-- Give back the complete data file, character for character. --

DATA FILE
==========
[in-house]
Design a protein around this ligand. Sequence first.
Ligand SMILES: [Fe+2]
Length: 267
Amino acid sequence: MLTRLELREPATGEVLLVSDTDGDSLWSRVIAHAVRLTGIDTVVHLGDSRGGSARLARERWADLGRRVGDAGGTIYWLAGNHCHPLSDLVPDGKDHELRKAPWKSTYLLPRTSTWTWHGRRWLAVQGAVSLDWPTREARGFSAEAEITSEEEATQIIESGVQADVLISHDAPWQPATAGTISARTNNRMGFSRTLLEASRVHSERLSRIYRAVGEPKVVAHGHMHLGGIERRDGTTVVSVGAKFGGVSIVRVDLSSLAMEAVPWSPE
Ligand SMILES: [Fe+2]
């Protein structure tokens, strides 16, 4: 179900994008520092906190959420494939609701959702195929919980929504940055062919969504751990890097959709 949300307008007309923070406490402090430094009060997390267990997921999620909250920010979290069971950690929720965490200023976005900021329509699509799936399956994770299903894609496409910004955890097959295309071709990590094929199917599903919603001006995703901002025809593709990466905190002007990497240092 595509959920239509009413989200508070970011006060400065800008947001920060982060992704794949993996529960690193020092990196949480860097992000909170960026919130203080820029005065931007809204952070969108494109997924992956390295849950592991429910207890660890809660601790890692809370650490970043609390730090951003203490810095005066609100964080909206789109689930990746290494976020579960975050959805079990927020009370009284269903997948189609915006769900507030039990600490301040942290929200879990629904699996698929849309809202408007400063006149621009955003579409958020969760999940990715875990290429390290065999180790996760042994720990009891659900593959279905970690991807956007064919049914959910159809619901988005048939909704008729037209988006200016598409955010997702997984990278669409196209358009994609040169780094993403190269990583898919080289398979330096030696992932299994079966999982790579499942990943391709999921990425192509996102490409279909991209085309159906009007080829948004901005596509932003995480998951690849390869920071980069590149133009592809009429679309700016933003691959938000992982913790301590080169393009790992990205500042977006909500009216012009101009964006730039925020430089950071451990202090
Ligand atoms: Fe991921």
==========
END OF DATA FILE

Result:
[in-house]
Design a protein around this ligand. Sequence first.
Ligand SMILES: [Fe+2]
Length: 267
Amino acid sequence: MLTRLELREPATGEVLLVSDTDGDSLWSRVIAHAVRLTGIDTVVHLGDSRGGSARLARERWADLGRRVGDAGGTIYWLAGNHCHPLSDLVPDGKDHELRKAPWKSTYLLPRTSTWTWHGRRWLAVQGAVSLDWPTREARGFSAEAEITSEEEATQIIESGVQADVLISHDAPWQPATAGTISARTNNRMGFSRTLLEASRVHSERLSRIYRAVGEPKVVAHGHMHLGGIERRDGTTVVSVGAKFGGVSIVRVDLSSLAMEAVPWSPE
Ligand SMILES: [Fe+2]
């Protein structure tokens, strides 16, 4: 179900994008520092906190959420494939609701959702195929919980929504940055062919969504751990890097959709 949300307008007309923070406490402090430094009060997390267990997921999620909250920010979290069971950690929720965490200023976005900021329509699509799936399956994770299903894609496409910004955890097959295309071709990590094929199917599903919603001006995703901002025809593709990466905190002007990497240092 595509959920239509009413989200508070970011006060400065800008947001920060982060992704794949993996529960690193020092990196949480860097992000909170960026919130203080820029005065931007809204952070969108494109997924992956390295849950592991429910207890660890809660601790890692809370650490970043609390730090951003203490810095005066609100964080909206789109689930990746290494976020579960975050959805079990927020009370009284269903997948189609915006769900507030039990600490301040942290929200879990629904699996698929849309809202408007400063006149621009955003579409958020969760999940990715875990290429390290065999180790996760042994720990009891659900593959279905970690991807956007064919049914959910159809619901988005048939909704008729037209988006200016598409955010997702997984990278669409196209358009994609040169780094993403190269990583898919080289398979330096030696992932299994079966999982790579499942990943391709999921990425192509996102490409279909991209085309159906009007080829948004901005596509932003995480998951690849390869920071980069590149133009592809009429679309700016933003691959938000992982913790301590080169393009790992990205500042977006909500009216012009101009964006730039925020430089950071451990202090
Ligand atoms: Fe991921």